• The World Bank has assisted the Palestinians since the Oslo Accords of the early 1990s – continuing to lay the foundation of a future Palestinian state so that it can deliver services to the people. Grants, financed from the World Bank’s own income and supplemented by Trust Funds contributed by donors, fund the Palestinian Authority’s projects in water and sanitation, municipal, education and social protection sectors. 

    The lack of progress towards peace and reconciliation creates an unsustainable economic situation. The Palestinian internal polity is sharply divided between Gaza and the West Bank. Due to a steep deterioration in Gaza and a slowdown in the West Bank, the Palestinian economy witnessed no real growth in 2018. The unemployment rate was 31 percent in 2018—with 52 percent of Gaza’s labor force unemployed, including two out of every three youth. The Palestinian Authority’s financing gap persisted in 2018 mainly due to insufficient budget support and was financed through additional arrears. The West Bank and Gaza ranked 116th out of 190 economies in the 2019 Doing Business report.

    Last Updated: Apr 01, 2019

  • A sustainable growth path for the Palestinian economy depends on a domestic private sector that can compete in regional and global markets and increase its export of goods and services. Thus, the World Bank Group’s assistance strategy for 2018-21 is focused on creating a conducive environment for private investment in the productive sectors of the economy.

    Increased investment can enhance the capacity of the economy, inspire entrepreneurial effort, and generate the jobs that are needed—especially for the large number of unemployed youth and women. This is built on the World Bank Group’s maximizing finance for development approach. Beyond efforts to support the private sector, a strong focus on shared prosperity is critical for renewing the social contract via better (public) service provisions and social protection. The three pillars of the assistance strategy are:

    1.Setting the conditions for increased private investments and job creation

    2.Private Sector Enhancement Facility to realize private investments

    3.Addressing the needs of the vulnerable and strengthening institutions for improved citizen-centered service delivery.

    The World Bank has maintained a robust analytical program. The Bank’s report to the September 2018 Ad Hoc Liaison Committee (of donors) analyzed the nature of the decline of the Gazan economy and identified the needs going forward.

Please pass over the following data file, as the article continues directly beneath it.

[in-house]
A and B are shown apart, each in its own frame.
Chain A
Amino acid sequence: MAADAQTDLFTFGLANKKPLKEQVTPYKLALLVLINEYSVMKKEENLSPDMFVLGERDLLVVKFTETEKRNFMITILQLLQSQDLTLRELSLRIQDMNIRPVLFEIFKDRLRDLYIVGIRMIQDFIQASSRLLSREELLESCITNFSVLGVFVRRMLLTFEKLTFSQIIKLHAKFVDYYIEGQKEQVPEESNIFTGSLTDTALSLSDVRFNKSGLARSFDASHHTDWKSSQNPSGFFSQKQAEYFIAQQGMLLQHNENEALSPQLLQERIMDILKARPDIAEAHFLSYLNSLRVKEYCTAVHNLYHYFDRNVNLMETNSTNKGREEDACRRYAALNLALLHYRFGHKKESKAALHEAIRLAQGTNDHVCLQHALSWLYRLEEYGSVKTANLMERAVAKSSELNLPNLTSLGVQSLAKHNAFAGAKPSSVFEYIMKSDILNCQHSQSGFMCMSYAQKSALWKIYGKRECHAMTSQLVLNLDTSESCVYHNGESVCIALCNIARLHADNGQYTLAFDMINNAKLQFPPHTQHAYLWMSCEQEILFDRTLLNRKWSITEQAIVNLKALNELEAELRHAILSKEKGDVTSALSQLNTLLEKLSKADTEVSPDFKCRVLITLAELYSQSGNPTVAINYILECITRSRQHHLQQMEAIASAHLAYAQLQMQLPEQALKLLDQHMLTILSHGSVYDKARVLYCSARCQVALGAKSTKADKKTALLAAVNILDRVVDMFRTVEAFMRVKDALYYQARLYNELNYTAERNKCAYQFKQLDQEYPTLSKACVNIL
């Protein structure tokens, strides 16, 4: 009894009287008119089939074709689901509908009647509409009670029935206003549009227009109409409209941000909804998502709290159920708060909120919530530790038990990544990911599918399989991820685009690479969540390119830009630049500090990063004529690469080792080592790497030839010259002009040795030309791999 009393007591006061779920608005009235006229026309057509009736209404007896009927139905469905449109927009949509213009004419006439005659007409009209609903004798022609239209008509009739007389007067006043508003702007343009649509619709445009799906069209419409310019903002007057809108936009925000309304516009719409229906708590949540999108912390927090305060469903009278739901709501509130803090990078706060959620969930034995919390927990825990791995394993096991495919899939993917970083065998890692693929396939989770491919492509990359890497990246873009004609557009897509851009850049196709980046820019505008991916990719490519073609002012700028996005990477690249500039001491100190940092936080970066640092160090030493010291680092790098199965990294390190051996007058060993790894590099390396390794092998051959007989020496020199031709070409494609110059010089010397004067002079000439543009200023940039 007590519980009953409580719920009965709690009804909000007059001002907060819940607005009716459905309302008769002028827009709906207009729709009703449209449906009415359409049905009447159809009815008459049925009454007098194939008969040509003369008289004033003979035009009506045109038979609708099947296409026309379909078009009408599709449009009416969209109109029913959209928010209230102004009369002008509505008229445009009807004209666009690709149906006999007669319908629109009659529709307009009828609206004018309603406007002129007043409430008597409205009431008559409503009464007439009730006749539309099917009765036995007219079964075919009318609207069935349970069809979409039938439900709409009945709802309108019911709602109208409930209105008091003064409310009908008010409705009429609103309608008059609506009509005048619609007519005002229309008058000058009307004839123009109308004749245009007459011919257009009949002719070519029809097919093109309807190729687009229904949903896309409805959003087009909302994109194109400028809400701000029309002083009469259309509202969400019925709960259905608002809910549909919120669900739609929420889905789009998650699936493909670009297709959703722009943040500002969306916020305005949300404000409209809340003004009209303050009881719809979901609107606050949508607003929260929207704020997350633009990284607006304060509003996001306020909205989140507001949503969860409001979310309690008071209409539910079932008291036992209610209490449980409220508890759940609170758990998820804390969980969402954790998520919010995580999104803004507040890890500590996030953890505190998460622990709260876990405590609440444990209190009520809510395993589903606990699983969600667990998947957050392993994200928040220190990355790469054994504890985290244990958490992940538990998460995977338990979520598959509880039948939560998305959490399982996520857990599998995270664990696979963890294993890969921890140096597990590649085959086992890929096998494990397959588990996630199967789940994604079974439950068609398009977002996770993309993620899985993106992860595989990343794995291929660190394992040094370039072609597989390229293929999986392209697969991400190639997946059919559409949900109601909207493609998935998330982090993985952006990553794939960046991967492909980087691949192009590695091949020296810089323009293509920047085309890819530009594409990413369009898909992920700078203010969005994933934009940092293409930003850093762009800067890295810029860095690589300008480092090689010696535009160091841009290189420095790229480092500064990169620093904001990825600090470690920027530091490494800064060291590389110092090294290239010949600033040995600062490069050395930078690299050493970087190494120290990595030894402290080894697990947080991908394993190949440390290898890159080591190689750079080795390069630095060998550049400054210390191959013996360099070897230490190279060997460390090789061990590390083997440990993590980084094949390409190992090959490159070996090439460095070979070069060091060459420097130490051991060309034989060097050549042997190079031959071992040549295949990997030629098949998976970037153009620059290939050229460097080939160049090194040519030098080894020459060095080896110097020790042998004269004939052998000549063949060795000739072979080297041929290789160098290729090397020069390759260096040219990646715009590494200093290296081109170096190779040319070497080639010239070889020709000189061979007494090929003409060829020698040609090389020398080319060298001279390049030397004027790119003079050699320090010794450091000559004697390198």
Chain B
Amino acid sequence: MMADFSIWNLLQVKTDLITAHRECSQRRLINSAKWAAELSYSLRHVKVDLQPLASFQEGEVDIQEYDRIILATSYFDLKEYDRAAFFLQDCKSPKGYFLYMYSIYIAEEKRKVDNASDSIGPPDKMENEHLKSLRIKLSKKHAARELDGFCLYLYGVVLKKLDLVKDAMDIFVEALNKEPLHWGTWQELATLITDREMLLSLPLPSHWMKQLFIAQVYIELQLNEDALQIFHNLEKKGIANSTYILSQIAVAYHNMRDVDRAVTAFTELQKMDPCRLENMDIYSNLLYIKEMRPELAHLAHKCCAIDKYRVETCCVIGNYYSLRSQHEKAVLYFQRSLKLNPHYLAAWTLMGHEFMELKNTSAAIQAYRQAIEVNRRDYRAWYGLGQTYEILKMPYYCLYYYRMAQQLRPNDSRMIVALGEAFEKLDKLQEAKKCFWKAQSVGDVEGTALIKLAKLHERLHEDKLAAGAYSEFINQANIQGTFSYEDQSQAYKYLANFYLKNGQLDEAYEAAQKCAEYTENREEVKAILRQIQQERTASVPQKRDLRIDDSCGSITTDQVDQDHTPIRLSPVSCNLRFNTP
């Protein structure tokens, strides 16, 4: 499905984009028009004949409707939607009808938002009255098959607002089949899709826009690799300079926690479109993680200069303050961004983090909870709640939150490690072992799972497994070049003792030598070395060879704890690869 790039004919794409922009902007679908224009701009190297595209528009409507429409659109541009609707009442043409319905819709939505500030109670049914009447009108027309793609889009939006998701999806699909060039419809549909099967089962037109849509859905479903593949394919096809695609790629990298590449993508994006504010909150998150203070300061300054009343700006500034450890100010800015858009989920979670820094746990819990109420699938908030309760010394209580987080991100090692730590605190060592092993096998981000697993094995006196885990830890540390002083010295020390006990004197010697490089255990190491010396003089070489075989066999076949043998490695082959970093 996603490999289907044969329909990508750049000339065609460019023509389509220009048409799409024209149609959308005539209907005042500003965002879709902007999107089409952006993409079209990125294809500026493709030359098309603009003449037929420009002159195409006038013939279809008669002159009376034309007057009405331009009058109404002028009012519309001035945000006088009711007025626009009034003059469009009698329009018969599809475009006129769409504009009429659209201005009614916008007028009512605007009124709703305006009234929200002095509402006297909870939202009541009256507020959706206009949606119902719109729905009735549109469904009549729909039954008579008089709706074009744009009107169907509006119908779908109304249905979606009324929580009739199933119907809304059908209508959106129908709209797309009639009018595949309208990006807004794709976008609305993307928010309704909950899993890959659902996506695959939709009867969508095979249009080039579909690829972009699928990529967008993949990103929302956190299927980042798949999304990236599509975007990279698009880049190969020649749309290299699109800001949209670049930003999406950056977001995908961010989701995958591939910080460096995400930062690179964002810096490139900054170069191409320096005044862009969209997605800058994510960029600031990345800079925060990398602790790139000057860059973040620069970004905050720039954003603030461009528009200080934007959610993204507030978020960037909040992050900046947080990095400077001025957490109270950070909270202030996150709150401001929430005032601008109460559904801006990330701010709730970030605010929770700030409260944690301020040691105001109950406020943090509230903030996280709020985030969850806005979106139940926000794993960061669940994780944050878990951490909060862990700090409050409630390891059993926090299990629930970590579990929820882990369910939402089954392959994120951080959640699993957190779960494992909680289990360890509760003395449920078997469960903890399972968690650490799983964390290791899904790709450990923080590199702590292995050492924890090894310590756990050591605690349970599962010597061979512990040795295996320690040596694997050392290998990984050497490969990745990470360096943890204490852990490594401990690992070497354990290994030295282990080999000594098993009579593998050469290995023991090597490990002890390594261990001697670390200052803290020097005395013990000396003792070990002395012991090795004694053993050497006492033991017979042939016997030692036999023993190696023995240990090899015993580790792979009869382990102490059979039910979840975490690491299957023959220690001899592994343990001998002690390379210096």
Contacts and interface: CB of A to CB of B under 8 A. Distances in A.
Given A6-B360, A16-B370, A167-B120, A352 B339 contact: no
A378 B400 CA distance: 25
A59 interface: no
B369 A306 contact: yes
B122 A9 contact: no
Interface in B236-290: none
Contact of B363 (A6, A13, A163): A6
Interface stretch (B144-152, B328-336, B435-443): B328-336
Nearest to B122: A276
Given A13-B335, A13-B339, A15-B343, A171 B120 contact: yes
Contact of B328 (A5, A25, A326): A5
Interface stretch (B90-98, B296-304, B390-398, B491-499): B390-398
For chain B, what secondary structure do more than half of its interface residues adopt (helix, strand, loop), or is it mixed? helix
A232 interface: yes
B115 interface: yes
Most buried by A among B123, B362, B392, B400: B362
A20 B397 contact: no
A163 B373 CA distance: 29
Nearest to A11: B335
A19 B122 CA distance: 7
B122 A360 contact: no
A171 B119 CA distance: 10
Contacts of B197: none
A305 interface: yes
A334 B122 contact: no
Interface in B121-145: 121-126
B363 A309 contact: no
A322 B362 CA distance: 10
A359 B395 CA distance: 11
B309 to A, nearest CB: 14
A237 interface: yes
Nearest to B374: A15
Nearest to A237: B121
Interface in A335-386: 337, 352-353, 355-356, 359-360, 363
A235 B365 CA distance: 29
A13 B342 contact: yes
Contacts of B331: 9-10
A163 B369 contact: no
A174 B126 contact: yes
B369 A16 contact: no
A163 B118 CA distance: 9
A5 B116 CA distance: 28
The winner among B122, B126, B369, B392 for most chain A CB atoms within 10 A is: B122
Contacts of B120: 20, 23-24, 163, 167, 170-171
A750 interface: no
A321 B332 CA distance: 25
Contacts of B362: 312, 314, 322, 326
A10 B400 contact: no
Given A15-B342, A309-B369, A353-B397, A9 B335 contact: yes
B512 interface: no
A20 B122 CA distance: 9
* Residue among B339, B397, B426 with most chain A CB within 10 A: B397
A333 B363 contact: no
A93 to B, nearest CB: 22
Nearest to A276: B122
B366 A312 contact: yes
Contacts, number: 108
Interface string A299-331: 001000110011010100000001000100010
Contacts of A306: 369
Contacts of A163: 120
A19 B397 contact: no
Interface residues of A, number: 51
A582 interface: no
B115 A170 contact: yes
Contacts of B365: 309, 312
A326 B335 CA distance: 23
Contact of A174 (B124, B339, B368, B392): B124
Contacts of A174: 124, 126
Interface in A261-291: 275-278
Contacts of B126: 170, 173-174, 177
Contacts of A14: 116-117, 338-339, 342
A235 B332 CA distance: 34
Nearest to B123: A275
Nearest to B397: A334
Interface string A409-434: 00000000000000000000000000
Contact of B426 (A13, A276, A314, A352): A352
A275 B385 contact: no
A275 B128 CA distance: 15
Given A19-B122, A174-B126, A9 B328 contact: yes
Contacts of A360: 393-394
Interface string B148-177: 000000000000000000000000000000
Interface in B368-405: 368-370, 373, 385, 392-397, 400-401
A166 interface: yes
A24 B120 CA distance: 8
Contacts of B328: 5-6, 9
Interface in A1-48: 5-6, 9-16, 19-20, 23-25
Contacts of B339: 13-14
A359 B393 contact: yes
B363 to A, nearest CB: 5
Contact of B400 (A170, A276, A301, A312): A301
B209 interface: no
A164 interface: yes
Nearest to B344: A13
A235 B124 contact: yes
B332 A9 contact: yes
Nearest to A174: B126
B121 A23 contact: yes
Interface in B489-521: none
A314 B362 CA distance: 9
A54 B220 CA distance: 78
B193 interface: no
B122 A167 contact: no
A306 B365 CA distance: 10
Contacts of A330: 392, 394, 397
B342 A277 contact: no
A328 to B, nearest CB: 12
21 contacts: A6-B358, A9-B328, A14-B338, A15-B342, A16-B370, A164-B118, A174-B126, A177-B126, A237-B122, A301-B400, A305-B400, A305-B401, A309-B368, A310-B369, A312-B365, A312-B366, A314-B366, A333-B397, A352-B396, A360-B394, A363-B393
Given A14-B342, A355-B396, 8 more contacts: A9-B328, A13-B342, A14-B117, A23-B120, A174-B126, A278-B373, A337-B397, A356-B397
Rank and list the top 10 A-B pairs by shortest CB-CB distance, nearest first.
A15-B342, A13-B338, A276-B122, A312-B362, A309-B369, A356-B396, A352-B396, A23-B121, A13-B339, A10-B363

Last Updated: Apr 01, 2019

  • Through the support of the Masar Ibrahim (Abraham Path) Project nearly 92,000 hours of work were created in 2018 along the Abraham Path in the West Bank—for homestays’ preparation of meals, hospitality, overnight stays, and for guides and drivers. 

    • Since 2017, about 60 percent of the 81 jobs created by entrepreneurs—that were supported under the Finance for Jobs Project—were filled by young people (under age 30), and about a third of entrepreneurs supported are women.
    • The North Gaza Wastewater Treatment Plant and the Beit Lahia Terminal Pumping Station became operational.
    • A public platform supported by the Cash Transfer Project allows citizens to give feedback to the Ministry of Social Development about the social safety net and for the ministry to respond.

    Last Updated: Apr 01, 2019

  • The Bank functions as the secretariat for the Ad Hoc Liaison Committee (AHLC) of donors to the Palestinian Authority. The Bank submits a report prior to each meeting updating partners on recent economic and fiscal trends,  and provides economic and institutional analysis.

    A World Bank administered multi-donor Trust Fund has channeled budget support (approximately US$1.5 billion since its inception) in support of the Palestinian Authority’s reform program in macro-fiscal strengthening and public financial management. Australia, France, Japan, Norway, and Kuwait have committed to continue channeling their budget support through this Palestinian Reform and Development Plan Trust Fund.

    The Partnership for Infrastructure Multi-Donor Trust Fund (PID MDTF), established in 2012 to provide financial and technical support for the coverage, quality, and sustainability of infrastructure. Focusing on the water, urban development, and energy sectors, the PID MDTF has active participation from Croatia, Denmark, Finland, France, the Netherlands, Norway, Portugal, Sweden and the U.K. with contributions of US$145 million.

    Besides its support in the above-mentioned Trust Funds, the Government of Norway cooperates with the World Bank via the Norway West Bank and Gaza Support Trust Fund, which was established in 2014 with a $2 million pledge. It supports aid coordination by the and analytical work in energy, education, and private sector development.

    Last Updated: Apr 01, 2019



West Bank and Gaza: Commitments by Fiscal Year (in millions of dollars)*

*Amounts include IBRD and IDA commitments


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